Staffordshire University logo
STORE - Staffordshire Online Repository

The Structure And Meaning Of Emotion In The Philosophy Of Merleau-Ponty And Sartre

Gilbert, Simon (2018) The Structure And Meaning Of Emotion In The Philosophy Of Merleau-Ponty And Sartre. Doctoral thesis, Staffordshire University.

Simon Gilbert Final thesis.pdf - Submitted Version
Available under License All Rights Reserved.

Download (1MB) | Preview
[img] Text (Ethos Agreement)
Gilbert Ethos.pdf
Restricted to Repository staff only
Available under License All Rights Reserved.

Download (159kB)

Abstract or description

The aim of the thesis is to explore whether the early phenomenological works of Sartre and Merleau-Ponty can be used to create a satisfactory phenomenological account of emotion, and if so what the major concepts of this account are.

Sartre, throughout all the works examined, describes a wide range of emotions, emotional situations and behaviours. He expresses the embodiment of human existence, which can then be applied to its affective dimension. He also examines the relation between the qualities of objects and being, how they have meaning for us, and how the passions relate to our decisions and choices. He formulates the phenomenological characteristics of emotion and affectivity. His fullest and most explicit attempt at this in Sketch for a Theory of the Emotions is flawed, mainly because of his theory of emotion as a magical transformation of the world
Merleau-Ponty shows limited interest in the affective aspect of our relationship to the world. In The Structure of Behaviour he describes the structure of existence and consciousness, which details the integration of the physical, mental and cultural. This can be used to explain the physiological aspects of emotions and affects and their groundedness in the lived experience of the body. This continues in Phenomenology of Perception. Although his main focus is perception, he examines sexuality as a privileged area of our affective life. He also explores the way that we valorise objects in the world and make decisions based on our individual ways of being.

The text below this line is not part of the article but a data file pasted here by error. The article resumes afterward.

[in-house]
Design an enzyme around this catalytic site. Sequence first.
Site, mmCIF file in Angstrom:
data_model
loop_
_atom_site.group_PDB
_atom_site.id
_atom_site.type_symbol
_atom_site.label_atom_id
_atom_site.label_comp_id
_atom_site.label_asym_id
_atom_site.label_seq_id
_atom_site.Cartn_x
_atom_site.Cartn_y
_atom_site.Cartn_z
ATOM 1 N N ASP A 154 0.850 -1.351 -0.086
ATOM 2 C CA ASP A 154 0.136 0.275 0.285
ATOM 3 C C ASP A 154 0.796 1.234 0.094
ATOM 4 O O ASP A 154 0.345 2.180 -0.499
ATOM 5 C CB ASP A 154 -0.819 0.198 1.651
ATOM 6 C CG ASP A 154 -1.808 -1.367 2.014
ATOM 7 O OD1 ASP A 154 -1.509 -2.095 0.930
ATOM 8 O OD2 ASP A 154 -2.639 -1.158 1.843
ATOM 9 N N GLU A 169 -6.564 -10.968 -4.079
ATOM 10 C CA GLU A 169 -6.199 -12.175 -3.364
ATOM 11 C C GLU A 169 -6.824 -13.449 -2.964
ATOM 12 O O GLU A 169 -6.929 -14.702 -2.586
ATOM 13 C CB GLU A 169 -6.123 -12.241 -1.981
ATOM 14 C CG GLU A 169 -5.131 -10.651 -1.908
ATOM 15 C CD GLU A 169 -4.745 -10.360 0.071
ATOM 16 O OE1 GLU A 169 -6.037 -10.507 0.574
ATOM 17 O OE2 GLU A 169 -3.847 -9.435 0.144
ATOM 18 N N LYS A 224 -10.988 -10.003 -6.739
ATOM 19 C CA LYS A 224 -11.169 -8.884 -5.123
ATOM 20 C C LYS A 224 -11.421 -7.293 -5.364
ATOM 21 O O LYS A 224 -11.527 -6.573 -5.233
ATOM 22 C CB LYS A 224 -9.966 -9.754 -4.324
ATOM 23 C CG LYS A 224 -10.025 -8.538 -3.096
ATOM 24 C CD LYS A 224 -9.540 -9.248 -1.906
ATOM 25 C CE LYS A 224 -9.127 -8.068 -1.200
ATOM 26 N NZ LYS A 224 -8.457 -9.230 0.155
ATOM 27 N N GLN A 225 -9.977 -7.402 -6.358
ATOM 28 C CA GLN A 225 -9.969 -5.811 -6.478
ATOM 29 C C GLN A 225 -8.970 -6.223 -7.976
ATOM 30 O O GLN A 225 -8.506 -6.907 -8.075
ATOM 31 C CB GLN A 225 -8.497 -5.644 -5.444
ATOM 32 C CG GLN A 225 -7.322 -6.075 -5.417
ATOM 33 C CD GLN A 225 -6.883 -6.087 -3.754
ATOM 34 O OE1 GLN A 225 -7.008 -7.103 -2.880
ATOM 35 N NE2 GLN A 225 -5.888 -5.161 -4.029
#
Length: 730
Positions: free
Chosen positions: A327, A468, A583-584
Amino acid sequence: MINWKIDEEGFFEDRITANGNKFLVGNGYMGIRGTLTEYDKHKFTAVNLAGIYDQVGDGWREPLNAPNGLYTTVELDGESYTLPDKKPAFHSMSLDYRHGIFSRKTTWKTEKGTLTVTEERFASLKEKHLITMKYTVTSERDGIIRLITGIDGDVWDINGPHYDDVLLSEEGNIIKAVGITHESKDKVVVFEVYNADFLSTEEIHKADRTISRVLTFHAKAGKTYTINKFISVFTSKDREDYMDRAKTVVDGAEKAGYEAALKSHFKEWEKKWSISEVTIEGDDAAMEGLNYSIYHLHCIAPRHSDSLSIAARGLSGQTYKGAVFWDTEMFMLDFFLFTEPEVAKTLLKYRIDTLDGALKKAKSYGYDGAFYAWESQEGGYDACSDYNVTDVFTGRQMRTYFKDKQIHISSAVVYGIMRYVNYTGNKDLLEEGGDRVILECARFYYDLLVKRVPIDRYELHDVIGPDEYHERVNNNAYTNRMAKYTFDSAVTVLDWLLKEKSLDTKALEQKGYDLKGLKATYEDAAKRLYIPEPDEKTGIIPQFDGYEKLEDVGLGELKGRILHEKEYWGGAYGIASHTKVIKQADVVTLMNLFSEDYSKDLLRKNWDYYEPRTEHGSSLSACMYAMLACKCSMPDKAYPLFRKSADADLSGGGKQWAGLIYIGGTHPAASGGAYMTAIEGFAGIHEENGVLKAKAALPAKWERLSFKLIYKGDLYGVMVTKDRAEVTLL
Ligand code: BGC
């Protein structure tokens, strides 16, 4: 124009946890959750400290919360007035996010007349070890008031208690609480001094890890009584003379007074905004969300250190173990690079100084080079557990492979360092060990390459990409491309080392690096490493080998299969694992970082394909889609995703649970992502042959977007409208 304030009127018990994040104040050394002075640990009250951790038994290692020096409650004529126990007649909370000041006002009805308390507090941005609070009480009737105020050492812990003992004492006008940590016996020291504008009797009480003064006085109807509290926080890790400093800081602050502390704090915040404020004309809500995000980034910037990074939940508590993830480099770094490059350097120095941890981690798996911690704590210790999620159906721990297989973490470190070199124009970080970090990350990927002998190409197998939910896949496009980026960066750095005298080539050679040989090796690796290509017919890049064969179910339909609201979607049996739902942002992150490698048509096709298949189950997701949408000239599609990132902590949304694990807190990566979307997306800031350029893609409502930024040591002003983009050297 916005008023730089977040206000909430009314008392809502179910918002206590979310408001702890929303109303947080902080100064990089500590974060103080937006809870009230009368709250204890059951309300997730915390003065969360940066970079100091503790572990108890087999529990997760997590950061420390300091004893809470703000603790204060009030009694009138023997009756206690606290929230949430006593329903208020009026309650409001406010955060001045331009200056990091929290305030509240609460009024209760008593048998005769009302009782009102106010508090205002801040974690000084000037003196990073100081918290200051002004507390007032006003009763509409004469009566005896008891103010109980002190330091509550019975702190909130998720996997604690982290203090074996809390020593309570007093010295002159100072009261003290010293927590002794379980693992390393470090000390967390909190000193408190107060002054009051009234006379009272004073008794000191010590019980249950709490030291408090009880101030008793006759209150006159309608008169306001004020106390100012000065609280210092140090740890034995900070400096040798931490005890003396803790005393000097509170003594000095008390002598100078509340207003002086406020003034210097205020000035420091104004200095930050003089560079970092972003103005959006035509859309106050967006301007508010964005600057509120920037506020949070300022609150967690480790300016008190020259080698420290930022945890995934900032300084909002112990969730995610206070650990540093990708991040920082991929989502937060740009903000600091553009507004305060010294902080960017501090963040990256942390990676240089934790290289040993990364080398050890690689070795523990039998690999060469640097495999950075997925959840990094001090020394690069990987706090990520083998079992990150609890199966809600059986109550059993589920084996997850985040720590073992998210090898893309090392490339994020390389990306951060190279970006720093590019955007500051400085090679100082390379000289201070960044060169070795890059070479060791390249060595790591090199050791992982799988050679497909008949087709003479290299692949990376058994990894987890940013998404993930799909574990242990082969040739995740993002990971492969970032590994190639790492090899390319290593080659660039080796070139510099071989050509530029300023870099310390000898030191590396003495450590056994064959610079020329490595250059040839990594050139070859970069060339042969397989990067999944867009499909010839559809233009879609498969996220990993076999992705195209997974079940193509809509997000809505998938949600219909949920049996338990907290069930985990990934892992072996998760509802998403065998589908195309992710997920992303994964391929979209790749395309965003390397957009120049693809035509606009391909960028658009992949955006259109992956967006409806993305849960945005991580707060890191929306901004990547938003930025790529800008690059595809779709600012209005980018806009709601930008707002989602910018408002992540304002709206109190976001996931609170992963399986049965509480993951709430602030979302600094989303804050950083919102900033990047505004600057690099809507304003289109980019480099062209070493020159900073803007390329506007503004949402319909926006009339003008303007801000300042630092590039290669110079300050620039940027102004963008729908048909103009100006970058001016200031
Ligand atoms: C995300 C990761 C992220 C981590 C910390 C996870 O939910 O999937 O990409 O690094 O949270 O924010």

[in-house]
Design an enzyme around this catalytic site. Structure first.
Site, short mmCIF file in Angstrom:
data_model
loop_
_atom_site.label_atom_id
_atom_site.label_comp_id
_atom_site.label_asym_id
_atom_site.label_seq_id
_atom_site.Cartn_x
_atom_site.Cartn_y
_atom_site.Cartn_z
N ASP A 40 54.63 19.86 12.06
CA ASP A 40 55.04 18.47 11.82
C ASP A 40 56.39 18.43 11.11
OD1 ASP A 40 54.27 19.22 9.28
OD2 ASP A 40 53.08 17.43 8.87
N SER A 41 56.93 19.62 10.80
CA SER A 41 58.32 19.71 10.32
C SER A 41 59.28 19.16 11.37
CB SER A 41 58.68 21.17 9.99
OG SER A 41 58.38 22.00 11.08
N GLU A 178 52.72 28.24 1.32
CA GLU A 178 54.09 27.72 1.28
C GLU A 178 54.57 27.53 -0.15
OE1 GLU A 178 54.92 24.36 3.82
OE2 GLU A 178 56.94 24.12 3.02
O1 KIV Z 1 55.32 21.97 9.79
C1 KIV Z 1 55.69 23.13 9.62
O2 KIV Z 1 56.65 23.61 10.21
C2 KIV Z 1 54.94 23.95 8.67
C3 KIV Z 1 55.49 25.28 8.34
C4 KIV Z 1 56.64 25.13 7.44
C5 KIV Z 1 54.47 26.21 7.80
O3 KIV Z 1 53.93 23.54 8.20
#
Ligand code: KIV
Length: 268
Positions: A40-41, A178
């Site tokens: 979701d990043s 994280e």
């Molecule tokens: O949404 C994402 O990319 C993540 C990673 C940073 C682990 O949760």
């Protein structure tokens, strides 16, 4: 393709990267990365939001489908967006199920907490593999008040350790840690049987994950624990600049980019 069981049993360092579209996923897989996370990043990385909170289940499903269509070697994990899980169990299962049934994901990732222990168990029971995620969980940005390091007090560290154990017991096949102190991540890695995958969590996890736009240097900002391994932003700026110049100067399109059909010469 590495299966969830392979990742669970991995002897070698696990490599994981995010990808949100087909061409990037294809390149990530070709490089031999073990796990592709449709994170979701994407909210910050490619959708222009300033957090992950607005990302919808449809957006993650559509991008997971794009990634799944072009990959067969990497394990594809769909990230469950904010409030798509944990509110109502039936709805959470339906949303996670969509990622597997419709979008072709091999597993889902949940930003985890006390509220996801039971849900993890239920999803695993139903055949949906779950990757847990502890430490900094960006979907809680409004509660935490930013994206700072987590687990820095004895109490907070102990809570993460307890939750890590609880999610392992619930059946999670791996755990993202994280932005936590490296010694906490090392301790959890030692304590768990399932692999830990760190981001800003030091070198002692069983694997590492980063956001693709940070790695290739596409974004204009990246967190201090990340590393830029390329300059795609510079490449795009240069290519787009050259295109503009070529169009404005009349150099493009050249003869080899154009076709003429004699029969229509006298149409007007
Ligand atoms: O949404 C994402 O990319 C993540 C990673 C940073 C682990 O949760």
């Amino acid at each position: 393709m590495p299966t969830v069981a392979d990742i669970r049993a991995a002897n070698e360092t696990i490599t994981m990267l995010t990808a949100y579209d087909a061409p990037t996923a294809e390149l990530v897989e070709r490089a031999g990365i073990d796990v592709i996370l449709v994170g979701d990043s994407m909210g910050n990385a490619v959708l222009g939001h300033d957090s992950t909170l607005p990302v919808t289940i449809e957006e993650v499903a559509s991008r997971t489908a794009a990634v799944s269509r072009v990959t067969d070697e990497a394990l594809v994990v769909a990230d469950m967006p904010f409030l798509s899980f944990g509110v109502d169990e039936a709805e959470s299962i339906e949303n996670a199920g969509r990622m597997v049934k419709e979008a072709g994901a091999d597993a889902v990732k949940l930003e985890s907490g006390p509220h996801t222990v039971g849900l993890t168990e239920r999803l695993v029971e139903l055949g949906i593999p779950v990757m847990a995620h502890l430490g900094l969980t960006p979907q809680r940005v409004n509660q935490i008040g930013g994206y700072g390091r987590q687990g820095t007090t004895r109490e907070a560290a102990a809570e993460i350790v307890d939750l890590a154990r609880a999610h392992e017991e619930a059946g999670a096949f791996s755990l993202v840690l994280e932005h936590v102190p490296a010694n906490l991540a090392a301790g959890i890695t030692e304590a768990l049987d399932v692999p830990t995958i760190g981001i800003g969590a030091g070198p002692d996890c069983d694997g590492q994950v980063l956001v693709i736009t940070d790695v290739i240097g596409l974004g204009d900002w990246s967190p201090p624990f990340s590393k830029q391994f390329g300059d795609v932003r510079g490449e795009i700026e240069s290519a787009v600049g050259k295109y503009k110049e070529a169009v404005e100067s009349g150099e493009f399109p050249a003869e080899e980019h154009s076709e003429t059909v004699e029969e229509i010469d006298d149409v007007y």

An interesting feature in both authors is the stress on behaviour. Here we see the close relationship between behaviour and existentialism, in its concern with the ‘movement of existence’.

I have formulated a synthesis of the major points arising from the close reading of relevant passages from the works concerned. This provides a framework for a general phenomenological account of affectivity and emotion and a basis on which analyses of the experience of particular affects and emotions could be undertaken.

Item Type: Thesis (Doctoral)
Faculty: School of Digital, Technologies and Arts > English, Creative Writing and Philosophy
Depositing User: Library STORE team
Date Deposited: 15 Mar 2023 12:13
Last Modified: 15 Mar 2023 12:13

Actions (login required)

View Item View Item

DisabledGo Staffordshire University is a recognised   Investor in People. Sustain Staffs
Legal | Freedom of Information | Site Map | Job Vacancies
Staffordshire University, College Road, Stoke-on-Trent, Staffordshire ST4 2DE t: +44 (0)1782 294000